Workers compensation is a statutorily created method for payment of medical care and lost wages for injured employees within the course and scope of their employment. This is provided in lieu of pursuit of any personal injury action against an employer.
Employees are typically covered while at work and can be protected while engaging in work related activities other than at their physical work address. Generally travel to work and from work is not covered, but there are exceptions which should be explored.
To be eligible for workers’ compensation insurance benefits, a worker must be injured while within the course and scope of their employment, also referred to as on-the-job, or on-the-clock. Defining this time is crucial in a workers’ compensation claim. On-the-job tasks can overlap with personal activities, making the lines of the beginning and end of a workday hard to determine.
Where is the line drawn between business and personal time? A simple rule for determining if workers’ comp benefits are payable is whether the injury occurred “while in the course & scope of employment,” meaning regardless of the physical location or the time of day, if an employee is performing an assigned job duty, their injury is covered under workers’ compensation insurance policy.
Some examples of workers’ compensation exceptions while “off the clock” include the following:
- When an employee is required to be away from their primary workplace or home in order to perform their assigned duties. For example, employees who are traveling for work and commuting to or from a hotel.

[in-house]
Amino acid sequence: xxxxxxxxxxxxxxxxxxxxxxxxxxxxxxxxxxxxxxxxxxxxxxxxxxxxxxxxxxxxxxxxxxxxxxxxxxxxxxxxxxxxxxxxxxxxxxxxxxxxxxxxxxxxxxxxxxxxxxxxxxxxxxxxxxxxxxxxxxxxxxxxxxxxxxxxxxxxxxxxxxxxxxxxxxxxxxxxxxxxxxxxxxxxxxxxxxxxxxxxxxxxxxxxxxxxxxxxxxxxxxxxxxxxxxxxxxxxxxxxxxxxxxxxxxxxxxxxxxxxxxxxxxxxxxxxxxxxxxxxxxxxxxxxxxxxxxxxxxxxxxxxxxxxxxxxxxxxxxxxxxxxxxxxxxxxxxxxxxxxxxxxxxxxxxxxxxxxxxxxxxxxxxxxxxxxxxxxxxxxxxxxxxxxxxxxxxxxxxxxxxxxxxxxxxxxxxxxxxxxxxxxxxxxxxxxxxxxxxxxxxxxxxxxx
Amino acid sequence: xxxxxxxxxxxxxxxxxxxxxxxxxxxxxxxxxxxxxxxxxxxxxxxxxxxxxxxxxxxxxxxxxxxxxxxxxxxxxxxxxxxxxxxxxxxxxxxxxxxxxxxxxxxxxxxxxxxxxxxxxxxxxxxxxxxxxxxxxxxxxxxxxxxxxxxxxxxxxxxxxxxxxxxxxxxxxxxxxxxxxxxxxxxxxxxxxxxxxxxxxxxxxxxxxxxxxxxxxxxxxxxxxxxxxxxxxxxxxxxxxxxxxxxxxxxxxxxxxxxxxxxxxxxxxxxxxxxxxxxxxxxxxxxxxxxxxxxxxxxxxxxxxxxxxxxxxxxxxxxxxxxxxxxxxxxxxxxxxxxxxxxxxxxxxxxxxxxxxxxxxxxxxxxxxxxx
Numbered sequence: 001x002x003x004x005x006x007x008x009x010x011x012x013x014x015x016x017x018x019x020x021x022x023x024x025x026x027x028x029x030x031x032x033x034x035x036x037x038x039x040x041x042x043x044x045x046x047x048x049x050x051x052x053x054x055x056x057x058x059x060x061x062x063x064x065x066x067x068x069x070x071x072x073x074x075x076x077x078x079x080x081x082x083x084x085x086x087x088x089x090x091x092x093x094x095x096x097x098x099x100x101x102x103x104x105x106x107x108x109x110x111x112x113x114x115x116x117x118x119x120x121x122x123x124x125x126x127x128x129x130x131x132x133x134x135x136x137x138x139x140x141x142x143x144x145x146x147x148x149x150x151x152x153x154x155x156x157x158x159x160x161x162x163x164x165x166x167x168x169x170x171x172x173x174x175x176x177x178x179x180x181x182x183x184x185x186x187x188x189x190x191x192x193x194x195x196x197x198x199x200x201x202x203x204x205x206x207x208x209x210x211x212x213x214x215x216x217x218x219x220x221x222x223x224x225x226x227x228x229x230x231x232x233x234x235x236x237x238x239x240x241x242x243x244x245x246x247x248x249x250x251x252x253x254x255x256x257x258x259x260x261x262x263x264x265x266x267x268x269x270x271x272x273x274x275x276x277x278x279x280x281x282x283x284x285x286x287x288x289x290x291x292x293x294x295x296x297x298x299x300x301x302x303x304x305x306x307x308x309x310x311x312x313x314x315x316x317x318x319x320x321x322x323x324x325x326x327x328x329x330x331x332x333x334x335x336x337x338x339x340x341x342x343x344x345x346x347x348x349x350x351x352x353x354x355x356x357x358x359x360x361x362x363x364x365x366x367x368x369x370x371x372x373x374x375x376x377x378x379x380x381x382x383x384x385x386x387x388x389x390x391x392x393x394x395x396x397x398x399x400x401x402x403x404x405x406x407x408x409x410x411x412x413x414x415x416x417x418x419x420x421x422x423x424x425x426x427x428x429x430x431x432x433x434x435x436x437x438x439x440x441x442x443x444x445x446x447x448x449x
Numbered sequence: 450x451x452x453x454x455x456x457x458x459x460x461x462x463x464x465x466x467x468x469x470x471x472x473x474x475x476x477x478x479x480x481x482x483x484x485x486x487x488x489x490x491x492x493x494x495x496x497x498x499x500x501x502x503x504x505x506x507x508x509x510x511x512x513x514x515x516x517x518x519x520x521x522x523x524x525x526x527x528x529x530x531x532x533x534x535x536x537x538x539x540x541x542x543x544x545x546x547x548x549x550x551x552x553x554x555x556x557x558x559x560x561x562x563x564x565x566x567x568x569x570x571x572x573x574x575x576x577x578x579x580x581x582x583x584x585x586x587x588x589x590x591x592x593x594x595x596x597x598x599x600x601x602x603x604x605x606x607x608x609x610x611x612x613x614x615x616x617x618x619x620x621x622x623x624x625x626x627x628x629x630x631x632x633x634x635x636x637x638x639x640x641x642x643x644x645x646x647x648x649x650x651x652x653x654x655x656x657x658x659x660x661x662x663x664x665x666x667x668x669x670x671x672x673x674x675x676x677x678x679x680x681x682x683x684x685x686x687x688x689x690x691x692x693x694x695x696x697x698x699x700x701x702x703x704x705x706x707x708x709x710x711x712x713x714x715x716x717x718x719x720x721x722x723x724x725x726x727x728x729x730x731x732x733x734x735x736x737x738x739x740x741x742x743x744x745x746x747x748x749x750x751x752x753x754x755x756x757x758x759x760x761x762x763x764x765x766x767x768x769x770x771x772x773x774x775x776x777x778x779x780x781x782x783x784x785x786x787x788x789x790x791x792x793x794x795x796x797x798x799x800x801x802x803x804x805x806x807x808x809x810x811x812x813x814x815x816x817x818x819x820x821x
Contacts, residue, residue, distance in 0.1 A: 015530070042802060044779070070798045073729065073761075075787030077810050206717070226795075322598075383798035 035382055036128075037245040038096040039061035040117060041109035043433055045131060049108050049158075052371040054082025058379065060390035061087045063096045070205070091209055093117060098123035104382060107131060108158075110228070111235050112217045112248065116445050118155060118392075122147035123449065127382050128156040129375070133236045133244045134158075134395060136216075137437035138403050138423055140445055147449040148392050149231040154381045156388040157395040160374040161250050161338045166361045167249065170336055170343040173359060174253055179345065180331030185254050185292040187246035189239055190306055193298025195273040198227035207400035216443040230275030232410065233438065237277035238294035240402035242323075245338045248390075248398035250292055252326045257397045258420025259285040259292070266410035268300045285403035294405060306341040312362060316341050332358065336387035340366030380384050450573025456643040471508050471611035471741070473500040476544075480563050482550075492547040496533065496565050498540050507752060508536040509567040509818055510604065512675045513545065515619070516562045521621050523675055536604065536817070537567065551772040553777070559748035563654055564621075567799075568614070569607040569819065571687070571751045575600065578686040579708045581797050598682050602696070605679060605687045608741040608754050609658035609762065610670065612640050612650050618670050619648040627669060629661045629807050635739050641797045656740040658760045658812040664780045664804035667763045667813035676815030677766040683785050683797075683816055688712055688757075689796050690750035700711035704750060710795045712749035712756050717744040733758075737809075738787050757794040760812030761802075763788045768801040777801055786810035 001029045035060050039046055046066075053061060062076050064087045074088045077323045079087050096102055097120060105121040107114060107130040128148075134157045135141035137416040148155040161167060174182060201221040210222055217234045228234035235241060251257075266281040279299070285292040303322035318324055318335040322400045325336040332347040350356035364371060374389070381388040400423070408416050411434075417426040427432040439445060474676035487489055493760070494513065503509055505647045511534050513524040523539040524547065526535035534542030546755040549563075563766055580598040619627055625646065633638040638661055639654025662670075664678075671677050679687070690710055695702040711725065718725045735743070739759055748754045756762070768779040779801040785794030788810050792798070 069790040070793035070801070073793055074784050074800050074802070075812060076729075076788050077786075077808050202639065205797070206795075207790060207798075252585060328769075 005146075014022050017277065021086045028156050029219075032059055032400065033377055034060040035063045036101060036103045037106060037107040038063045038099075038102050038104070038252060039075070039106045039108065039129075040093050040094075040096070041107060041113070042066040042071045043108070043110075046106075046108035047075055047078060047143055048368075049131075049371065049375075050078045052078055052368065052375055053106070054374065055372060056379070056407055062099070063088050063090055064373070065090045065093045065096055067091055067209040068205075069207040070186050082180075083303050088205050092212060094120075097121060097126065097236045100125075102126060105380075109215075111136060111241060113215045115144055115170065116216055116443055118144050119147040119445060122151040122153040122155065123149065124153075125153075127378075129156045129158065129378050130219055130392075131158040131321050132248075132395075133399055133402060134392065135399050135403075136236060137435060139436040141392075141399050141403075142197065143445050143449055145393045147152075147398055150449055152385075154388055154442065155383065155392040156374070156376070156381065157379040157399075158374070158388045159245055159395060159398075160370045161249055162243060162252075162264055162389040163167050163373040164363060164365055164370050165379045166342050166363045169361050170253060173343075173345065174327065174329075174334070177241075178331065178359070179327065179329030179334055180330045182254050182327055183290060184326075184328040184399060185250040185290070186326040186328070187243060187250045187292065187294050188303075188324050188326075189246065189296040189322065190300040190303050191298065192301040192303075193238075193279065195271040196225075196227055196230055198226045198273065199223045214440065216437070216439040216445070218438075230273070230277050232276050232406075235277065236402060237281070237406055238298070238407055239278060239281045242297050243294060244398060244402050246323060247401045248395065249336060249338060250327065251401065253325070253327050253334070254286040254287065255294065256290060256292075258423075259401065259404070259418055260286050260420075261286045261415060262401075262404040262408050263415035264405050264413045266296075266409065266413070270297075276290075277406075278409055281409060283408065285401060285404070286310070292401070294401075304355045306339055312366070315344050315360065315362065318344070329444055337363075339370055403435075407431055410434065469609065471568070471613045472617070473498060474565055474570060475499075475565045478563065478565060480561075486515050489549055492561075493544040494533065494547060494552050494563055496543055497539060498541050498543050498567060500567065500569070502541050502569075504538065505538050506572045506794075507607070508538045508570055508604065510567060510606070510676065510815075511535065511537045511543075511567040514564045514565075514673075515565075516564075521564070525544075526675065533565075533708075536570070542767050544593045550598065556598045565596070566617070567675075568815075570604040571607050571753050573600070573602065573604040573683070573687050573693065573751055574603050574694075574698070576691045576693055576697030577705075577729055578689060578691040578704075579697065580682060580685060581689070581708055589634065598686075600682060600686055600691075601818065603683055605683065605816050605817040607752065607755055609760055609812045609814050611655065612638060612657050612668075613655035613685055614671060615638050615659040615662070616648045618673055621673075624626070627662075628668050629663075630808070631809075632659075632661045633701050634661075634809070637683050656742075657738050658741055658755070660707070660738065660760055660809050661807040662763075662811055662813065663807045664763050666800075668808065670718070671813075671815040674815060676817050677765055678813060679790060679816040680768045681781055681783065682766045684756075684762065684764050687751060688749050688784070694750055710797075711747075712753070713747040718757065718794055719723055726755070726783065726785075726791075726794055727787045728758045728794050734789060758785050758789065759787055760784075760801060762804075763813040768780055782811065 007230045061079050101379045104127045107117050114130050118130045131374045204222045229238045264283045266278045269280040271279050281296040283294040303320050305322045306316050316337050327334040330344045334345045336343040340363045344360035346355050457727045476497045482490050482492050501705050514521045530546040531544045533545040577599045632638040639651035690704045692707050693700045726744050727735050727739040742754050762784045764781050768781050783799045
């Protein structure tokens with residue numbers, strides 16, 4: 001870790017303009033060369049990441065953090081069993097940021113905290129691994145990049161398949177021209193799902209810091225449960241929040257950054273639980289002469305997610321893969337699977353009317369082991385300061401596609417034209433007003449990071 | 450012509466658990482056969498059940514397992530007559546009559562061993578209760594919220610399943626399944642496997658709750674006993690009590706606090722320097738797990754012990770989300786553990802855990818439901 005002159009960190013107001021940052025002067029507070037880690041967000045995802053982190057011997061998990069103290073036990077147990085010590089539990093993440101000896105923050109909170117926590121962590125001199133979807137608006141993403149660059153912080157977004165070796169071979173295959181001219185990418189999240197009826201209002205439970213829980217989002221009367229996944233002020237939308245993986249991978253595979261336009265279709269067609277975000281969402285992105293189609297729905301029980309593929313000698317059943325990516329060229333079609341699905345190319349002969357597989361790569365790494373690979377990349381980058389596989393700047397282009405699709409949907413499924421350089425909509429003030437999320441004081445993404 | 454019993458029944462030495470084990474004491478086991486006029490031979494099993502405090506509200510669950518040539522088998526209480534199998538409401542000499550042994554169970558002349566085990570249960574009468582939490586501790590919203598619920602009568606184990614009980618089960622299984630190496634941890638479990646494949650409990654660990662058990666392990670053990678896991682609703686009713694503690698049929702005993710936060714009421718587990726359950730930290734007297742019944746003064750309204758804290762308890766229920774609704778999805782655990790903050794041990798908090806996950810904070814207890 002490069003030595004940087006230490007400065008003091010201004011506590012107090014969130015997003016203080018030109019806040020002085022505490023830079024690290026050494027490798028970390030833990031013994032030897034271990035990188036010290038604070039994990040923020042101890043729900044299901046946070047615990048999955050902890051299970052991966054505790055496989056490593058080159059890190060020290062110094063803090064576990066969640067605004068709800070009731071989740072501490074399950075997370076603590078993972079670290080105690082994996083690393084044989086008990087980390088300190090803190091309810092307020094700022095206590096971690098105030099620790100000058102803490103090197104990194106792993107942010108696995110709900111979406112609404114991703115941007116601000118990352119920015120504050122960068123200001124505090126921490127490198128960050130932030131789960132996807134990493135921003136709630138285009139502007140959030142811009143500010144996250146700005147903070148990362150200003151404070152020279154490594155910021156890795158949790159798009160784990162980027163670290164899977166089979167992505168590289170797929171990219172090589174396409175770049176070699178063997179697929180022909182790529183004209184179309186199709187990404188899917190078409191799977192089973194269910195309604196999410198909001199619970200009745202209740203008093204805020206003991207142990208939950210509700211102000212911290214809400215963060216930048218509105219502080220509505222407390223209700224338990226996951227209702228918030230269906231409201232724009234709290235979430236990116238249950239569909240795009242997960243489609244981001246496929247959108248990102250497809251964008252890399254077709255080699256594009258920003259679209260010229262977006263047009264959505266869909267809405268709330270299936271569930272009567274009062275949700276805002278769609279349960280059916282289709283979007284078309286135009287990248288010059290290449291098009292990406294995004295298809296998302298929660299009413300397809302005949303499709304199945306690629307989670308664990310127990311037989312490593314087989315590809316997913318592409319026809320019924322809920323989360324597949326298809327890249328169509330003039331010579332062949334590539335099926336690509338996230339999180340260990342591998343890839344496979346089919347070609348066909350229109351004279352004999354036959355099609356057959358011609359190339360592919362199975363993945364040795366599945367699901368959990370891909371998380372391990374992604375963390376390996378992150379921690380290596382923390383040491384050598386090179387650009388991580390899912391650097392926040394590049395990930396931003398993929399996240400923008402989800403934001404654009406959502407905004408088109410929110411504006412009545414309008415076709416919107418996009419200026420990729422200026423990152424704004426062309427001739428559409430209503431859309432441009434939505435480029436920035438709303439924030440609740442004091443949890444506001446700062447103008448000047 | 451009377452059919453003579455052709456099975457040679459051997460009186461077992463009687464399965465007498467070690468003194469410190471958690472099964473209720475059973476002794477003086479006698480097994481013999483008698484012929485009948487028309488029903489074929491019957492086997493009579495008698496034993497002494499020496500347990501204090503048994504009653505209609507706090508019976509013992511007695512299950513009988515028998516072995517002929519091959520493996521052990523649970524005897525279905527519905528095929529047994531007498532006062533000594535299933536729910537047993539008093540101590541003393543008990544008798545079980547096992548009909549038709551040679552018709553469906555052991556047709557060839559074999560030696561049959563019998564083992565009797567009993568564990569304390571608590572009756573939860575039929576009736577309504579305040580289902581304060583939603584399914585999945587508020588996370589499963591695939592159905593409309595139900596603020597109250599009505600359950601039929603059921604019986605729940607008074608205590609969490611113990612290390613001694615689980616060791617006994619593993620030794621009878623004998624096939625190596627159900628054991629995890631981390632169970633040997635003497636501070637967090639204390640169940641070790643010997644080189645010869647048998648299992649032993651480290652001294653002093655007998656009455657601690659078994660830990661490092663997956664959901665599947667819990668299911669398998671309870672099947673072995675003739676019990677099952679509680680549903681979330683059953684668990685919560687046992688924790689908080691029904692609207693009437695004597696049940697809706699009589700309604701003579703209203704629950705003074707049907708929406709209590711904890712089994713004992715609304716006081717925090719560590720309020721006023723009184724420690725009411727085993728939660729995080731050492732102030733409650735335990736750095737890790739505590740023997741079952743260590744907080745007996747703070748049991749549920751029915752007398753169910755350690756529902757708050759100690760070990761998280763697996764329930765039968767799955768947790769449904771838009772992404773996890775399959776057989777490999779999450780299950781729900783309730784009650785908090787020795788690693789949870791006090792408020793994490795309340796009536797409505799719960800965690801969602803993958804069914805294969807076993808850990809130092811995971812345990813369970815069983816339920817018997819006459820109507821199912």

- When the employer requests a special task. For example, an employee is driving home from work, and they stop to drop off paperwork at the request of their employer, taking them off their normal route. This creates a “special mission.”
- Areas controlled by the employer outside of the workplace. This includes any area controlled by an employer that an employee must use to get to or leave the workplace, such as sidewalks and parking lots which are controlled by and/or provided by the employer for the convenience of employees.
- Outside of regular business hours. This one is getting harder to determine as we live in a 24/7 world, and many tasks are completed out of the usual 9-5. A more defined example is employees who work on-call after hours.
- After-hour visits. If going to work when not otherwise scheduled, the business purpose or connection for such visit needs to be analyzed in a case by case basis to see if coverage can be obtained.
Defining the course and scope of work for a workers’ compensation claim is becoming increasingly complex. Contact one of our Florida workers’ compensation attorneys to learn more about your legal options for filing a claim and to determine how you are covered. We’re here to help you receive the full amount of benefits you deserve.